So why bother with backlinks on DeviantArt, if they don’t count for SEO? Pages on Hubpages, Squidoo, etc get indexed / crawled pretty quickly anyway.
Because links have two audiences: (a) search engines, which may use that link to rank your page better in search engine results and (b) humans, who will click on links that look interesting or useful to them.
In this case, your target audience is (b), people.
When writing backlinks for people, you have to give something they’ll be interested in. On DeviantArt, if they see an excellent portfolio of art, photos, or other kinds of creativity, some visitors will follow your link to see more of your creative work hosted elsewhere. Note that just because DeviantArt itself has a huge amount of traffic doesn’t mean your account will. As with Twitter, Facebook, or other social sites, you’ll only get traffic if you participate in and/or post really good stuff that attracts a following.
But if you are an artistic person like Flynn here, and upload stuff regularly, you will attract a following. You could then direct some of that following to a Zazzle store, Squidoo gallery, or blog where you showcase your stuff.
By the way, Digg, StumbleUpon, and many social media sites create outlinks the same way as DeviantArt: they are stored in a non-standard, in-house format, and then a script untangles them and sends the user to the real link. So everyone measuring links from those social sites as backlinks is missing the boat. Those may help Google index a page, but they probably don’t count much as far as helping a page rank better. As with DeviantArt, those links won’t help much for traffic unless you’re an active, contributing member of those communities who has gained a following by frequently posting good stuff of the kind that community tends to like.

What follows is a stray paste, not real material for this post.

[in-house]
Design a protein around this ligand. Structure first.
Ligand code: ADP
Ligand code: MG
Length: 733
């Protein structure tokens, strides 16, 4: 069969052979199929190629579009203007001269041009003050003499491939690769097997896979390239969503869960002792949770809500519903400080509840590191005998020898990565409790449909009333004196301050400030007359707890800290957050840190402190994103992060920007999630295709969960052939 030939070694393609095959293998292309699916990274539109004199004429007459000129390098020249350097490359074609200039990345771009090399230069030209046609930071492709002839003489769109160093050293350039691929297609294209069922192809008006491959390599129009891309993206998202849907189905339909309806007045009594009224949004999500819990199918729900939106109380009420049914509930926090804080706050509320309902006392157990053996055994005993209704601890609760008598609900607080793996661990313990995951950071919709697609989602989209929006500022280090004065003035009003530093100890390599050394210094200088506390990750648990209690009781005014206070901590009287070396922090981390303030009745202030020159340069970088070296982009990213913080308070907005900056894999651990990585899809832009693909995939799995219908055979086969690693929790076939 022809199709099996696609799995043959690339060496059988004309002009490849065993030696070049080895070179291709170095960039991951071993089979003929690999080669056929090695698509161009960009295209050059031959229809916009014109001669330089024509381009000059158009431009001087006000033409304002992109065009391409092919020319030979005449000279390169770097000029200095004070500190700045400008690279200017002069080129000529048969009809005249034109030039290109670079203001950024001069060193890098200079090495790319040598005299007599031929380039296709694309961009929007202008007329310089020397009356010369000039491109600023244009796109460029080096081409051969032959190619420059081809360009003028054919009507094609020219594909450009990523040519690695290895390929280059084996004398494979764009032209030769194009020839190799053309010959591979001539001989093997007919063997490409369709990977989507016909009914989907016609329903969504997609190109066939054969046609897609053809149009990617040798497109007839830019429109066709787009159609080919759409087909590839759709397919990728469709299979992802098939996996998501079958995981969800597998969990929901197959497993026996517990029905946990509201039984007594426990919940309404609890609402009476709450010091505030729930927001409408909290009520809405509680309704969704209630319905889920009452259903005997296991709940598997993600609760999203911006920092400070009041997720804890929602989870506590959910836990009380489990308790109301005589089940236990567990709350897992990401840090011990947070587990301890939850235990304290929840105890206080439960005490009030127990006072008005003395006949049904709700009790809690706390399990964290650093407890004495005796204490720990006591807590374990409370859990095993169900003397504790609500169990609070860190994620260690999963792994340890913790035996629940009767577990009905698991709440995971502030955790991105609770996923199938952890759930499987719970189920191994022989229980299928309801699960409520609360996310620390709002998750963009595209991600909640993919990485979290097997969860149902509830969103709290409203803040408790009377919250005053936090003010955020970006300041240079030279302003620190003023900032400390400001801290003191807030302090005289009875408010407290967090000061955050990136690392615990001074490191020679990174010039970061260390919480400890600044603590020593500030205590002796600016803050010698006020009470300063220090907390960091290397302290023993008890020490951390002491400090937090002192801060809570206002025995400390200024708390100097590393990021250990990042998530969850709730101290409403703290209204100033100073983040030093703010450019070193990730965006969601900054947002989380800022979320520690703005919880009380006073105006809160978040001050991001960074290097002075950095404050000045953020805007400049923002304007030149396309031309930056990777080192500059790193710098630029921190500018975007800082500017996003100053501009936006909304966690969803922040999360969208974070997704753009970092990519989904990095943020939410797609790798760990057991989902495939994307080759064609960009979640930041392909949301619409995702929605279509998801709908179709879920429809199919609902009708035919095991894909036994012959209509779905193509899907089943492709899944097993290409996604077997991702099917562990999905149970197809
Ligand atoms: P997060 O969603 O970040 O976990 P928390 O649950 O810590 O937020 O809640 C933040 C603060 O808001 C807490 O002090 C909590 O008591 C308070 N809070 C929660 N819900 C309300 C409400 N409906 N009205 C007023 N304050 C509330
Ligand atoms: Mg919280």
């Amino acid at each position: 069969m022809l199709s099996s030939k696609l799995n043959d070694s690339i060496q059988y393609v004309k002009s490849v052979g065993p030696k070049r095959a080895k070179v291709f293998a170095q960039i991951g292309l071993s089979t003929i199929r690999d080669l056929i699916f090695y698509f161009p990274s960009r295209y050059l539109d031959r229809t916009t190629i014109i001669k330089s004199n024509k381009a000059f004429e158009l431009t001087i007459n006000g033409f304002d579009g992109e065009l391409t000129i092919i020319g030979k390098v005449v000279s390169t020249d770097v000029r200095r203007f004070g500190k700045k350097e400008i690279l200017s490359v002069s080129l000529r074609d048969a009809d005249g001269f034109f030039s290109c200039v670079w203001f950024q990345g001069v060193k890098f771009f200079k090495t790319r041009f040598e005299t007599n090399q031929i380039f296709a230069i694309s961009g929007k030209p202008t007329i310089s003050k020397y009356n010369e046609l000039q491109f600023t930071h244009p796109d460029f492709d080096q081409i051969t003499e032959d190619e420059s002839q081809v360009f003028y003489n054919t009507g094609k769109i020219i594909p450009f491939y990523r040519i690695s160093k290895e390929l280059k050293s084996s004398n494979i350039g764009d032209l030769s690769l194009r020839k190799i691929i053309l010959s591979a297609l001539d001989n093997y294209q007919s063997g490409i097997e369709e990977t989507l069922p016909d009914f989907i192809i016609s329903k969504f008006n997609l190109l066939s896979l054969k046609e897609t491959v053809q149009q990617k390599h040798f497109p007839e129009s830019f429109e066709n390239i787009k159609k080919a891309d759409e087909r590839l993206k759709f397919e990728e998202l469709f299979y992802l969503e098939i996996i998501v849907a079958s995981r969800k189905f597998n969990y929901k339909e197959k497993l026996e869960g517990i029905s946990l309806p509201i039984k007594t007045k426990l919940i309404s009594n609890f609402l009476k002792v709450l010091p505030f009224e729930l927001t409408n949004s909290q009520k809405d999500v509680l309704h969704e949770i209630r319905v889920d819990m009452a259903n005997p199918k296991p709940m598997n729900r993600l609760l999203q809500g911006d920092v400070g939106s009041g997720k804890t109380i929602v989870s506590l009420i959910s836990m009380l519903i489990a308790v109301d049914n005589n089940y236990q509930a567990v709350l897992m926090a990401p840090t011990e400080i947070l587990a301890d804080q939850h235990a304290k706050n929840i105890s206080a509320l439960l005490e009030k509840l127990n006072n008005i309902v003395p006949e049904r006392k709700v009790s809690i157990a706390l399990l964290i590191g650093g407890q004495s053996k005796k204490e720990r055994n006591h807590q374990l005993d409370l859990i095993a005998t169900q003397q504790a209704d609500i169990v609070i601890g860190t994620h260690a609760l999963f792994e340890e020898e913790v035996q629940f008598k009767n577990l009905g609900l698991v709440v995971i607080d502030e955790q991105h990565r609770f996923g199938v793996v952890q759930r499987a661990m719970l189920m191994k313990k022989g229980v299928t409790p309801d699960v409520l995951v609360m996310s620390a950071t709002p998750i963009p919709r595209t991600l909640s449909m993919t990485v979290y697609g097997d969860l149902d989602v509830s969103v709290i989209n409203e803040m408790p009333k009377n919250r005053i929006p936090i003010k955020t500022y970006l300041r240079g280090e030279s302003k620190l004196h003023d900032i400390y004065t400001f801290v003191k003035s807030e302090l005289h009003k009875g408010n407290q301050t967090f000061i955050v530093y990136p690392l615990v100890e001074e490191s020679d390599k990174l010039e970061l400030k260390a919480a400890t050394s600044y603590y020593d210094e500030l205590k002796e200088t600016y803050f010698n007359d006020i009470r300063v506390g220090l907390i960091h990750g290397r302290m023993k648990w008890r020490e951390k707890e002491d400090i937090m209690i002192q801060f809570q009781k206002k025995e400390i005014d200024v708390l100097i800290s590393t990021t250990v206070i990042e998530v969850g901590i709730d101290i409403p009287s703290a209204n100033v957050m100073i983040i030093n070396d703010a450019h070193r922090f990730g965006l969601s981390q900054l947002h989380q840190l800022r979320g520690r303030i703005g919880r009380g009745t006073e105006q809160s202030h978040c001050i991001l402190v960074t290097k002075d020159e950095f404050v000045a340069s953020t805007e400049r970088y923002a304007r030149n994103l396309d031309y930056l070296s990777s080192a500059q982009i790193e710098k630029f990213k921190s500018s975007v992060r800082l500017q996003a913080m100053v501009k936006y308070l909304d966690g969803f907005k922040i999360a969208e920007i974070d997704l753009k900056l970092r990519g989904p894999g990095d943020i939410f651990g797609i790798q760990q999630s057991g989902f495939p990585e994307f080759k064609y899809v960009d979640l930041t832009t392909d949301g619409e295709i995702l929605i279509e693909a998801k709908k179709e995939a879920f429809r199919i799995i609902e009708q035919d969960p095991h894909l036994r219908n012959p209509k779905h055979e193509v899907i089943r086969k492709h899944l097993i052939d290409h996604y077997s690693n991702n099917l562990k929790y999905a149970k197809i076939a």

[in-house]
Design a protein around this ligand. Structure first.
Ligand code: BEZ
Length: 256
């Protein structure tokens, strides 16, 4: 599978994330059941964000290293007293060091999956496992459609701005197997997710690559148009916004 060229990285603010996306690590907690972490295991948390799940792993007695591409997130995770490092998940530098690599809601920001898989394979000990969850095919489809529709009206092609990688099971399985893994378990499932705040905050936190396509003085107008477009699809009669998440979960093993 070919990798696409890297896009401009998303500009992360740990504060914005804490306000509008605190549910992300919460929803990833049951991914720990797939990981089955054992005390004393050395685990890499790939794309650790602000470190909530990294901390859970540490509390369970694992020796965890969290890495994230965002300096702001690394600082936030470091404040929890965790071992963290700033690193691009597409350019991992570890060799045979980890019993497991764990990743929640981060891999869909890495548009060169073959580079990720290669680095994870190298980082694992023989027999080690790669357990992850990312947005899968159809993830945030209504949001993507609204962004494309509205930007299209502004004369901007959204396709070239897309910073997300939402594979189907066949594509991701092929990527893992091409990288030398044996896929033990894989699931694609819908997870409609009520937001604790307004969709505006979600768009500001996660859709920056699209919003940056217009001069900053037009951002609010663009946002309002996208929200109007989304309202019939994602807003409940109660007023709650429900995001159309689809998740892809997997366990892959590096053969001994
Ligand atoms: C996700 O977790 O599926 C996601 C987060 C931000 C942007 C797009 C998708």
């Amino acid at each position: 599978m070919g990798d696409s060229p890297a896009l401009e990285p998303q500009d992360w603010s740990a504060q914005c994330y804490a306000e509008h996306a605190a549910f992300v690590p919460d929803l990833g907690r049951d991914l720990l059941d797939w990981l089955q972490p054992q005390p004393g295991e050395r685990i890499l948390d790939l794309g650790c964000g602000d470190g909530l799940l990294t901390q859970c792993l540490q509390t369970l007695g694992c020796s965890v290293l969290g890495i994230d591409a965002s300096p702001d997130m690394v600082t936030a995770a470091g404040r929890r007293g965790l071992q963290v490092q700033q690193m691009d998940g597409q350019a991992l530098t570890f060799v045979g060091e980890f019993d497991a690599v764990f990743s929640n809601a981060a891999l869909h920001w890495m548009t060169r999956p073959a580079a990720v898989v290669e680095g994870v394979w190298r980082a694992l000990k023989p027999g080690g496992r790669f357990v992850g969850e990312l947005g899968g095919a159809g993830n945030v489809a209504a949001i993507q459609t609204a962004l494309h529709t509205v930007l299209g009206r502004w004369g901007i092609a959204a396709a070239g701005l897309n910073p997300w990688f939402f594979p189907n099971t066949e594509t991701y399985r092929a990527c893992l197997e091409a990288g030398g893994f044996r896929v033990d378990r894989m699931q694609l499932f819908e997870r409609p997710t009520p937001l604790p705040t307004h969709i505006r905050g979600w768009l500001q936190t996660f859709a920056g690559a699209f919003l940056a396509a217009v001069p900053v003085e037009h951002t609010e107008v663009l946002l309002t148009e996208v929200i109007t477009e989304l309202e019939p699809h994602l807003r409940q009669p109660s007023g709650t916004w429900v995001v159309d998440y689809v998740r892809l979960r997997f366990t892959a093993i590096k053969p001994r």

This is another of my off-the-cuff observations not backed up by evidence, but I really like one approach Hubpages has taken to recover from Panda: establishing author-based subdomains.
On the one hand, this means backlink churn. They’ve got redirects in place, but any time you shift the URLs of part of a website, there are bound to be problems. They’ll iron out over time.
But on the other hand, this makes it much, much clearer who’s written what. Is everything in one subdomain scraped garbage? Fine, penalize it. But if another subdomain has unique, well-written content with sound links to related content, don’t give it a penalty because of Jane Q. Scraper/Spammer in the next domain over. It’s the same principle as web hosting from the last decade. There’s quite a mix of websites on the hosting service where I’m posting this blog, and search engines don’t judge us the same way.